Apple changes policy: App Store is now much more full of ads

Apple has made several changes to how it operates its App Store, and not everyone is happy about it. Especially when it comes to audiobooks, Spotify doesn’t have fun. However, there are some changes that are very positive: Apple also temporarily stops advertising gambling apps in the App Store.

Commercial in the App Store

While that’s certainly positive, there’s also a slightly less pleasant consequence: Starting this week, a lot more ads hit the iPhone App Store. You’ll now get a lot more ads from apps you might like. Initially, it was a lot of advertising for the gambling app, but Apple stopped it after a lot of criticism.

The advantage is that you get ads mainly from a developer whose app you’re already using, but too many ads makes a store full of apps a bit more cluttered. Additionally, Apple has given developers a trick: if they don’t want their games or other games on their page to have ads that could lure users, they have to dig deep into their pockets to buy that ad space.

Apple is exclusive

You look like someone claiming a square meter of your shed. It is your home, yet some parts of it are not yours. Plus: That other person is also going to advertise and lure your friends from your house, to his house. Not so good, think many developers, who now have to pay Apple more in addition to a 30 percent higher fee for their apps and their in-app purchases.

There’s more though: all app store policies are changing in all sorts of ways. This again shows that Apple has almost a monopoly on the app stores: at least on its own devices. Various app manufacturers have been protesting about this for quite some time. For example, consider the case about Fortnite, which resulted in the game being removed from the App Store for two years.

Meta is the rabbit

Apple has become stricter on companies that use advertising within their apps: even if you tap on it and make a purchase, for example within Facebook or Instagram, developers are now obliged to transfer 30 percent of that money to Apple. A tough choice, but yes, so far Apple can rule its monopoly fairly independently.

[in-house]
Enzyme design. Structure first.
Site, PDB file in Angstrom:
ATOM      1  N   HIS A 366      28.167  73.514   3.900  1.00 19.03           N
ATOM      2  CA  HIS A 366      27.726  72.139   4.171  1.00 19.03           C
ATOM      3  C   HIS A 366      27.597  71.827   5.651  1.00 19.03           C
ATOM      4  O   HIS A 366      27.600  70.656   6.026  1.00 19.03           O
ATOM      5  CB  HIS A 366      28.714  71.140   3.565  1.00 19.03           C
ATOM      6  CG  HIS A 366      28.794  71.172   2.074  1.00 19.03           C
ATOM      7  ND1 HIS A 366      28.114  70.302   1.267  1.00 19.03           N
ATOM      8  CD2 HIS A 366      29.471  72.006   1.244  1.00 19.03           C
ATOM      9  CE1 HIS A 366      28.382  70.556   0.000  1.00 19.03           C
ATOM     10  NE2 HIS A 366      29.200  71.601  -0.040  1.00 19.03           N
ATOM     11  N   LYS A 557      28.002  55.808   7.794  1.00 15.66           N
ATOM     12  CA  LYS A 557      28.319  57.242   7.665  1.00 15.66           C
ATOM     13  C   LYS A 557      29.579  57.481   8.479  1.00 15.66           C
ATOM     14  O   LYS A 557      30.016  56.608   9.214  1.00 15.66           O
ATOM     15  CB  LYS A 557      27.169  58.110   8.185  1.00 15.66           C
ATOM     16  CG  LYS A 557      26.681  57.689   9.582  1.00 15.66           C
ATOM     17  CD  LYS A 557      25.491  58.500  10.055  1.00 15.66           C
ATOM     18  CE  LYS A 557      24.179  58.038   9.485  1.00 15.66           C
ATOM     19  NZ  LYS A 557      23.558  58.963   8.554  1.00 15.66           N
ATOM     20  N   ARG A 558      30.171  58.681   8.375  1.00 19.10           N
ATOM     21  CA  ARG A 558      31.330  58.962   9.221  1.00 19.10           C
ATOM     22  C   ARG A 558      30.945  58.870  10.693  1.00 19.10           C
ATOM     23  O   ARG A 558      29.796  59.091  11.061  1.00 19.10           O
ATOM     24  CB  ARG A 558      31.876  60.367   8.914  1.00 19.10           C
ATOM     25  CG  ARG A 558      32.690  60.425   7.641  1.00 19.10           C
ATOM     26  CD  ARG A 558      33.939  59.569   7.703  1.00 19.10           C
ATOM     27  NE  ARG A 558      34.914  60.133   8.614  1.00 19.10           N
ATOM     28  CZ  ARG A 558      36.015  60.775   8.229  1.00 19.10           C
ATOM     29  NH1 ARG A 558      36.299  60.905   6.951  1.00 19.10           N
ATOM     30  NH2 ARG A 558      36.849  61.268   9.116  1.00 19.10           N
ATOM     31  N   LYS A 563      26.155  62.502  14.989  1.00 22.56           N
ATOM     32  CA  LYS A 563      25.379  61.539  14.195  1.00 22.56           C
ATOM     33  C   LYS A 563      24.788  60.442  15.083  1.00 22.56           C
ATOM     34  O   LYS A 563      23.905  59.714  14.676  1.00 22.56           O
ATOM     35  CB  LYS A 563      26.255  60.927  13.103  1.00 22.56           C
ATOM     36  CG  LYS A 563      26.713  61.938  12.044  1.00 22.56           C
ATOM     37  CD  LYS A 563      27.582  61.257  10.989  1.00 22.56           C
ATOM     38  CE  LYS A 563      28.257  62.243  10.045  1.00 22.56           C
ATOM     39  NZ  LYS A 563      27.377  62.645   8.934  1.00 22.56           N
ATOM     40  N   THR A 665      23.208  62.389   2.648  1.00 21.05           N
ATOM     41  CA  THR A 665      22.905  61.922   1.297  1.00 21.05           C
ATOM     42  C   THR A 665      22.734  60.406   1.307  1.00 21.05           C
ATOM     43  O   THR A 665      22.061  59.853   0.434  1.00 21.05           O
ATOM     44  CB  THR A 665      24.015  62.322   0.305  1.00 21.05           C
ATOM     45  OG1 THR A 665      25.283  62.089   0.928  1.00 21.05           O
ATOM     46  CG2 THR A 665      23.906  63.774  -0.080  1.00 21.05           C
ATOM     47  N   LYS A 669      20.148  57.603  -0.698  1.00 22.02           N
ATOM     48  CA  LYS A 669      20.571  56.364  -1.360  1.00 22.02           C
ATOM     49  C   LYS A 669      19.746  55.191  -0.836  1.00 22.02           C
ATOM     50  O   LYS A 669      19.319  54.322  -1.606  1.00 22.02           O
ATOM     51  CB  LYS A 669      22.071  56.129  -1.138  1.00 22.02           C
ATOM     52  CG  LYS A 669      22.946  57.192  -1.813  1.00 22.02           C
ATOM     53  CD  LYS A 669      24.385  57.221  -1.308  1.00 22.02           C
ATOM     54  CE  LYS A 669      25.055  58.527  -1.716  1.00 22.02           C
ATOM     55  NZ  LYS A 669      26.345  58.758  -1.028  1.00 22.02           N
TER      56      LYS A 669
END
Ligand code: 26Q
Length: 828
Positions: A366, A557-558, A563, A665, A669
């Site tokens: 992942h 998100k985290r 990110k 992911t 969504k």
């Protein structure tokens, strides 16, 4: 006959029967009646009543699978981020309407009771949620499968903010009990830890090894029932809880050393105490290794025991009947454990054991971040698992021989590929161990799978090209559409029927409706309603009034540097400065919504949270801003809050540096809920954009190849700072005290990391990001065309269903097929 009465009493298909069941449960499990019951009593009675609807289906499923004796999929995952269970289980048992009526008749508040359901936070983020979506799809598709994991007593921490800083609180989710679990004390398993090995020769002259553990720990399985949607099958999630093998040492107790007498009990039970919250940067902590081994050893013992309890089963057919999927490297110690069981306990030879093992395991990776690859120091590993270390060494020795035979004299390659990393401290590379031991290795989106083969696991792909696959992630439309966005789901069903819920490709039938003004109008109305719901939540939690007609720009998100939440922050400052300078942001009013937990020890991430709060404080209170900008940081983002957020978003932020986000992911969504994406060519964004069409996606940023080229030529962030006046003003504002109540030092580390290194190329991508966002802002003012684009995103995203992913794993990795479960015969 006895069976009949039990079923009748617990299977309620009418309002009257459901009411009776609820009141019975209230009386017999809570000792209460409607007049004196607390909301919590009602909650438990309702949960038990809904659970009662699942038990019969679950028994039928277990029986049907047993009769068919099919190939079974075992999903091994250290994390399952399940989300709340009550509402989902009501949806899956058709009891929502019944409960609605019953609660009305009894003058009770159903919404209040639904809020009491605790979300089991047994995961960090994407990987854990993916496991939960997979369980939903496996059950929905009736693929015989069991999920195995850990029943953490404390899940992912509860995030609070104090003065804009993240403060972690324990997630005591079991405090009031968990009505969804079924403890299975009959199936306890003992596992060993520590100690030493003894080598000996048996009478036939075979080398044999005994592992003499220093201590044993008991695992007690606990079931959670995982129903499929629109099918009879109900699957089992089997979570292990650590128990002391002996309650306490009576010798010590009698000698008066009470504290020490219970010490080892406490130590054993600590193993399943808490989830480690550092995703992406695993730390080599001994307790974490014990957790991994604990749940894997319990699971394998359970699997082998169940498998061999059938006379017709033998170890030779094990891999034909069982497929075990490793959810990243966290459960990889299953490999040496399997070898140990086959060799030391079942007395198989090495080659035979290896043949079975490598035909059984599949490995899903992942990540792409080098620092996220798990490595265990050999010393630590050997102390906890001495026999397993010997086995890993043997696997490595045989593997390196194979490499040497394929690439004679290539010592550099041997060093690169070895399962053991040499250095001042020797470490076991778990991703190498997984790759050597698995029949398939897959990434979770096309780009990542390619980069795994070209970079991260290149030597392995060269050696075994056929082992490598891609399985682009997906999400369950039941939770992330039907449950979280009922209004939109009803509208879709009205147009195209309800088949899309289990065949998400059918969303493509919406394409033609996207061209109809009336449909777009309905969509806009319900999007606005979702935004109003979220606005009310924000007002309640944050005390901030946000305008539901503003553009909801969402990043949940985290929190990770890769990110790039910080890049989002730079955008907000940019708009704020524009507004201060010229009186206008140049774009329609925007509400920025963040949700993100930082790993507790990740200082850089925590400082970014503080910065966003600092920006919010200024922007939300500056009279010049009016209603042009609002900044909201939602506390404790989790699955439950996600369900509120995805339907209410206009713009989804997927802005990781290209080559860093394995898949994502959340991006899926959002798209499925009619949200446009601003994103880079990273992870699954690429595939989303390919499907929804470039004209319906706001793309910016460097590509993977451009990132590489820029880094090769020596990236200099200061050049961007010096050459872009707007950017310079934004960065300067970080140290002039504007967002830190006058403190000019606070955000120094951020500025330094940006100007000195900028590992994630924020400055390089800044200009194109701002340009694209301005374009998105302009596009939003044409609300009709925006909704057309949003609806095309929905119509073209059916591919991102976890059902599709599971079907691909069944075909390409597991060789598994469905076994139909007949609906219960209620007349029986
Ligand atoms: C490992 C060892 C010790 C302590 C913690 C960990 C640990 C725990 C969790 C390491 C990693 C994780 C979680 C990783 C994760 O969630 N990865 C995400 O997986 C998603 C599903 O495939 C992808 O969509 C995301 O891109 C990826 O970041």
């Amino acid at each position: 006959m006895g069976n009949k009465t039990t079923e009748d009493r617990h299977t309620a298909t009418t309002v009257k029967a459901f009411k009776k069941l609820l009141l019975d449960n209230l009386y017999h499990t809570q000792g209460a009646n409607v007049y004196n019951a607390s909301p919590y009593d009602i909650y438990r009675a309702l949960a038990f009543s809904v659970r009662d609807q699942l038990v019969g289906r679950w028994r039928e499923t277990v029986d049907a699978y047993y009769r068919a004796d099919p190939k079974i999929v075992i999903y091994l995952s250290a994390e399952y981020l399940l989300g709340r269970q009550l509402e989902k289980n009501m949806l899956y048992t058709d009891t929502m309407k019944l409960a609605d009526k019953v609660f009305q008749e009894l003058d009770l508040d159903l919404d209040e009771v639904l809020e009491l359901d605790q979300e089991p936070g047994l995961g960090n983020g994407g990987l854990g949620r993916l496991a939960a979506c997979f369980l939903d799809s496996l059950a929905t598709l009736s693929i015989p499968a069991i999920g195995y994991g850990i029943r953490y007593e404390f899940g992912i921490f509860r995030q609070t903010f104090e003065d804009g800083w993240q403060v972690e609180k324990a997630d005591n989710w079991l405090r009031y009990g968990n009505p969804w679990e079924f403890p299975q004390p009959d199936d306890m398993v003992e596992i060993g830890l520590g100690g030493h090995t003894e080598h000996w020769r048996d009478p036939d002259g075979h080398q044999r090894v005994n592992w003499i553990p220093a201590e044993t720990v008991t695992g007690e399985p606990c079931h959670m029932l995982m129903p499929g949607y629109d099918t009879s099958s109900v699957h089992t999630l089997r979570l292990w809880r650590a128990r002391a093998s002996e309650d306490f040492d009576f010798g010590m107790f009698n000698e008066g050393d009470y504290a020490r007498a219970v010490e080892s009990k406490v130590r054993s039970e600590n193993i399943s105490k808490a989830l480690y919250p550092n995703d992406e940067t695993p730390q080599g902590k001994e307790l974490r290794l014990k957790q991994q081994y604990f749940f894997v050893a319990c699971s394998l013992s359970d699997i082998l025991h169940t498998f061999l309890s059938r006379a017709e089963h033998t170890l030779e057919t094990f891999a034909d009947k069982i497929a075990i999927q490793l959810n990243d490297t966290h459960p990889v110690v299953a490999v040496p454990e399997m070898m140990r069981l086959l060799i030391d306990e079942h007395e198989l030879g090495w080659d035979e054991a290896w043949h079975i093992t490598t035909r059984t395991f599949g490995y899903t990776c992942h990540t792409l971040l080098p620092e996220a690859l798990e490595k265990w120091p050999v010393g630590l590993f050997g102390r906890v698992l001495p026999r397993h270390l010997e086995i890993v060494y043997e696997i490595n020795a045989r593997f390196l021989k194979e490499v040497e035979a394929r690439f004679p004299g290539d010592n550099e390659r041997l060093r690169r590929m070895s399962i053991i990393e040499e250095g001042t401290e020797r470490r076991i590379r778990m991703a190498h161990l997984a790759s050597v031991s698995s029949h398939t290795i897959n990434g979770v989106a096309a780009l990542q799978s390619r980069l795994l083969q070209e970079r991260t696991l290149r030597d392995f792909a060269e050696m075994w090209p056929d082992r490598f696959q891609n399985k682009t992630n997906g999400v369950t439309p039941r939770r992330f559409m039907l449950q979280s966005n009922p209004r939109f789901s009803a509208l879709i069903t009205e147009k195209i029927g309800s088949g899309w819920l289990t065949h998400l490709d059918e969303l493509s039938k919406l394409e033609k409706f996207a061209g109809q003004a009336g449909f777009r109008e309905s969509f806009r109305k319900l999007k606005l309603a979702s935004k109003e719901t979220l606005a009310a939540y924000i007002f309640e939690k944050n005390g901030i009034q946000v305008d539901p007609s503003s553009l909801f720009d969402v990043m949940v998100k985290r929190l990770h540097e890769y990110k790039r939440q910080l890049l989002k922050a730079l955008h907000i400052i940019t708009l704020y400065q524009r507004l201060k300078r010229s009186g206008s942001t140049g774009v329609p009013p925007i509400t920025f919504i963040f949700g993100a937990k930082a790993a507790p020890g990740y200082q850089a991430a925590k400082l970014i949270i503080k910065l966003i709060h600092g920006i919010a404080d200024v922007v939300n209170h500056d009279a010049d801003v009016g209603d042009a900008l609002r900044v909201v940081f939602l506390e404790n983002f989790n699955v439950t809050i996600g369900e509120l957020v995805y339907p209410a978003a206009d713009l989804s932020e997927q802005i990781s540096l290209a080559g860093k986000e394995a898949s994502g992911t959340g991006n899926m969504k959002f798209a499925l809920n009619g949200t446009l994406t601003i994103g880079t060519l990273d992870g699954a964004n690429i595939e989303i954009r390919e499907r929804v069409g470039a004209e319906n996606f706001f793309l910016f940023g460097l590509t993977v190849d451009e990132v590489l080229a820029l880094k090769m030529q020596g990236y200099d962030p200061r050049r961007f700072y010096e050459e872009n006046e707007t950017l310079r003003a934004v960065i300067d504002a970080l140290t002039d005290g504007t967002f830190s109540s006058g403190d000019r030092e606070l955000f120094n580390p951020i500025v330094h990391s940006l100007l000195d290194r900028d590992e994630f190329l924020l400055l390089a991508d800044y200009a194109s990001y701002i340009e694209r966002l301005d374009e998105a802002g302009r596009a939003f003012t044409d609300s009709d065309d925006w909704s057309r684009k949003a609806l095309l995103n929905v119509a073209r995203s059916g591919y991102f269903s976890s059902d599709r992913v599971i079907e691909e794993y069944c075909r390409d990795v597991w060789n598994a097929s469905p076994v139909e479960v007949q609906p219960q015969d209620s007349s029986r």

Meta has long struggled with Apple’s policy changes. For example, Meta lost $10 billion in ad revenue because Apple decided last year to show a pop-up with apps that actively ask users if the app can track them. Something that people usually agree to casually, because they don’t want to read pages full of principles, but in which they are now asked to point out: rather not.

NFT and Audiobooks

Also, with the new policy, Apple is leaving an entirely different branch of the sport out in the cold: NFTs. If you create an app that trades NFTs, Apple’s in-app payment system is forced and you lose 30 percent of your revenue to Apple. NFTs have slowed down lately and already have less buzz, but things like this don’t help marketplaces like this either.

And, returning to Spotify and its audiobooks for a moment, Spotify says Apple is stifling competition with its policies. It will capture the imagination of app makers: in short, it is not happy with what the tech giant has come up with now. Spotify doesn’t stop at sound: It has stopped buying audiobooks through the iOS App Store. If you want to buy an audiobook, Spotify will say: “Do you want to listen? You cannot purchase audiobooks in the app. As we know, this is far from ideal.”

30 percent

Then you have no idea how to buy that book. Here, however, it’s clearly a monopoly that Apple is abusing: it sells audiobooks itself through its App Store. However, Spotify has to pay Apple about a third of every book sold, which means it has to raise prices to make some money for itself. But then, of course, consumers go directly to the App Store to buy audiobooks.

In short, there have been many changes in the App Store and you may not be aware of them. However, understand that the money you spend to buy apps, but also to buy something in the app, always goes to Apple. Also, Apple is doing everything it can to make more money, so not only will app makers find themselves in an increasingly difficult segment, but you as a user will be presented with more and more ads.

Laura Janney

When she is not typing, she is exploring the wonderful world of entertainment or some cool place in the real world. Mario is the man of her life,…

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